UNESCO: United Nations Educational Scientific and Cultural Organization

The Organisation

THE ORGANIZATION

Paul Weindling

Paul Weindling is Wellcome Trust Research Professor in the History of Medicine in the Department of History, Oxford Brookes University.
His publications include Health, Race and German Politics between National Unification and Nazism (Cambridge University Press, 1989), Epidemics and Genocide in Eastern Europe 1890-1945 (Oxford University Press, 2000), and Nazi Medicine and the Nuremberg Trials: From Medical War Crimes to Informed Consent 1945-55 (Palgrave Macmillan, 2004).
He edited  International Health Organisations and Movements 1918-1939 (Cambridge UP, 1995).
His research interests include international health organisations in the twentieth century, the medical emigration to Britain in the 1930s and 40s, and Nazi medical war crimes.
“The UNESCO German Programme, International Politics and Administrative Biography: the Role of John Thompson, 1946-1954”

One of the aims underlying the foundation of Unesco was educational reconstruction after the Second World War. This paper examines Unesco policy to the occupied territories, and especially Germany. The approach is biographical with a focus on the Unesco official John West Thompson, who from 1947 to 1954 took a key role in formulating German policy. He joined a group of visionary intellectuals who supported the foundation of UNESCO having the idea that the post-war world needed new educational and ethical standards.

A biographical approach allows one to understand more fully the expectations, which brought an official to work for Unesco. It allows one to combine a number of factors – such as politics and religion – and how these were negotiated at a time of rising Cold War tensions. Thompson tried to interest Huxley in the ethics of medical research in the light of Nazi medical atrocities, hoping that Unesco might disseminate any ethical Code arising from the Nuremberg Trials. His contact with Huxley led to employment as a Unesco official can be seen as part of an endeavour to provide post-war Germany with therapy, and reorienting German education and youth culture.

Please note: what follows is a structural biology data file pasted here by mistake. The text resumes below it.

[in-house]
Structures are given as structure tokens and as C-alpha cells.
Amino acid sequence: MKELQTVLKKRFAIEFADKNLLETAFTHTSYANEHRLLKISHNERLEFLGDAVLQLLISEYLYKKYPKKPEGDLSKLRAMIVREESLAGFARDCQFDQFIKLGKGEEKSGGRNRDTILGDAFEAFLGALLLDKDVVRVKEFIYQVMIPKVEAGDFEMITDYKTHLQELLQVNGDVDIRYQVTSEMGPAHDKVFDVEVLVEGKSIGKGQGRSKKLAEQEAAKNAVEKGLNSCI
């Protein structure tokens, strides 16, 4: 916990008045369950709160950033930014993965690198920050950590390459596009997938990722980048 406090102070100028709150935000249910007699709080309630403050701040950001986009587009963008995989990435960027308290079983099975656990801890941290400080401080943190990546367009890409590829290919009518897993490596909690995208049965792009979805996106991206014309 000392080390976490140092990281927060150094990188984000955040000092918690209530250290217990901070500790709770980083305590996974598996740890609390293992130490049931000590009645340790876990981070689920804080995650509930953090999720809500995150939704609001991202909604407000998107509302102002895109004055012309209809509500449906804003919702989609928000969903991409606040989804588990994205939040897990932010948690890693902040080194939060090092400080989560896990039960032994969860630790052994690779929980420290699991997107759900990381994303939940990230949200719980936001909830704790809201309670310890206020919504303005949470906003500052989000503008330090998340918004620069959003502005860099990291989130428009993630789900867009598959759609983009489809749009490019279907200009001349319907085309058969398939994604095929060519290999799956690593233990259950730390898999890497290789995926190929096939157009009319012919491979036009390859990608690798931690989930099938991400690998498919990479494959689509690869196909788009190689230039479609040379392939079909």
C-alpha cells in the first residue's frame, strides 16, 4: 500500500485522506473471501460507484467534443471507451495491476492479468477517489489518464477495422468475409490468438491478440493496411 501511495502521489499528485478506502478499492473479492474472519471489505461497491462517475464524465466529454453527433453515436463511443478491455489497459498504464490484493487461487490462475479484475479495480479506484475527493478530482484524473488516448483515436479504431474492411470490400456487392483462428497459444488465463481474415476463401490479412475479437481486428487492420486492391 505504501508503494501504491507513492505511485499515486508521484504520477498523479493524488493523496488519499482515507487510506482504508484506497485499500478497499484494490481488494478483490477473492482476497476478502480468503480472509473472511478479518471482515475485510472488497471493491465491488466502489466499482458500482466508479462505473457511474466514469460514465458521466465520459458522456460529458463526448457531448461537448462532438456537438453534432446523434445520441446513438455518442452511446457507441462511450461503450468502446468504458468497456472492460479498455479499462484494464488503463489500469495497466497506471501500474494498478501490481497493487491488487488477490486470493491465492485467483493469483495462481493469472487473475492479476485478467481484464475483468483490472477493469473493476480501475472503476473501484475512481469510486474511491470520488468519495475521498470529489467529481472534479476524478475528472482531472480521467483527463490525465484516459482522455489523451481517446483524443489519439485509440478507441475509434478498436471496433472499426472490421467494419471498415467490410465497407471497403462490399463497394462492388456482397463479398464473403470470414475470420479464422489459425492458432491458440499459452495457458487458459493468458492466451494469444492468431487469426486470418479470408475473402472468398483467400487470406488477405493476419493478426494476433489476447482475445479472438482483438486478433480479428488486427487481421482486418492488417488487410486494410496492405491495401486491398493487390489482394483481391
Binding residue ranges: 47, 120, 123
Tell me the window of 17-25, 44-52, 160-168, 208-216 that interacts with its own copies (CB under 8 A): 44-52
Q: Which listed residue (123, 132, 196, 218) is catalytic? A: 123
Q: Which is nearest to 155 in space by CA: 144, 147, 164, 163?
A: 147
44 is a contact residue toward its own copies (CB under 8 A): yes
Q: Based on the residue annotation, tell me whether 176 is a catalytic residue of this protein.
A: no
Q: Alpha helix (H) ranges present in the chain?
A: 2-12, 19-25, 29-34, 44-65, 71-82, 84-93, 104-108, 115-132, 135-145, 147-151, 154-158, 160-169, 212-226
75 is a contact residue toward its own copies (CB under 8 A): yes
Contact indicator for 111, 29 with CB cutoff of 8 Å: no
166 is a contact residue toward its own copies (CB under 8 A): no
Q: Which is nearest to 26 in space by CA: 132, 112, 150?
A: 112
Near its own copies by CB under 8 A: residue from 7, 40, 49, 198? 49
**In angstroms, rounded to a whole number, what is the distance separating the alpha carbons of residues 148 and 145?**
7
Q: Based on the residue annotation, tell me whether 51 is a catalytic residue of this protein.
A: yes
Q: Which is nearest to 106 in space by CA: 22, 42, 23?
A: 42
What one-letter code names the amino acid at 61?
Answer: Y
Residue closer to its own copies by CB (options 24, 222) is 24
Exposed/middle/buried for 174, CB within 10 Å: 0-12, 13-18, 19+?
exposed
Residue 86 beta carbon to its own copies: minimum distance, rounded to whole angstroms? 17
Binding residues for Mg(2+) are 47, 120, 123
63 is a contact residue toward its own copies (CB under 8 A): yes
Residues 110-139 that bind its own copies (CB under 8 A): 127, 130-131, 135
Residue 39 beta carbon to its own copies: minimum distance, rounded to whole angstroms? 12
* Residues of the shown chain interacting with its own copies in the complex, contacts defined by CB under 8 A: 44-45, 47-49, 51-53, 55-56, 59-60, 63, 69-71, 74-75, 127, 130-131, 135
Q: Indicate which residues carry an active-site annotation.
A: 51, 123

At first, policies towards Germany were held up by the incipient Cold War tensions on the Allied Control Commission. Julian Huxley hoped that Thompson’s links with the Control Commission as a former scientific intelligence officer would be useful in overcoming Soviet opposition to Unesco work in Germany. Eastern European delegates opposed the opening of a Unesco office in Stuttgart. The second phase involved initiating scattered assistance for study visits and library resources, so as to overcome Germany’s cultural isolation. Huxley supported a study by Unesco of Nazi psycho-political techniques. The third phase involved the founding of a German Unesco Committee, as well as institutes for education, social science and youth.

Thompson’s biography is relevant in that as a former neuropathologist, he was close to Huxley. Having been born in Mexico, he was able to retain his position under the second Director-General, Torres-Bordet. Thompson organised the German Unesco Committee, as well as three German Unesco Institutes – for education, youth and social science. Yet he encountered increasing difficulties in 1953-54. There was pressure to seek support from American foundations for the new German institutes. Thompson’s difficulties in securing funding, and in gaining the confidence of Luther Evans contributed to his resignation in 1954.

As a Roman Catholic who admired Jacques Maritain (a major influence on Unesco’s human rights programme), Thompson bridged the scientific humanism of Huxley with Christian humanism. Within West Germany, religious tensions surfaced over whether the UNESCO education institute should be sited in Catholic Freiburg or in Protestant Hamburg. The establishment of each institute involved academic rivalries, and differing viewpoints on political structures and cultural policies.

The paper considers the work of each institute, and the associated networks of academic and international support. Overall, Thompson saw the three institutes as a single international endeavour, and Unesco as providing educational and cultural therapy as a cure for “the German problem”. Although the programme and some aspects of his efforts were criticised, Thompson’s endeavours laid the foundation for enduring institutional arrangements in the Federal Republic of Germany.

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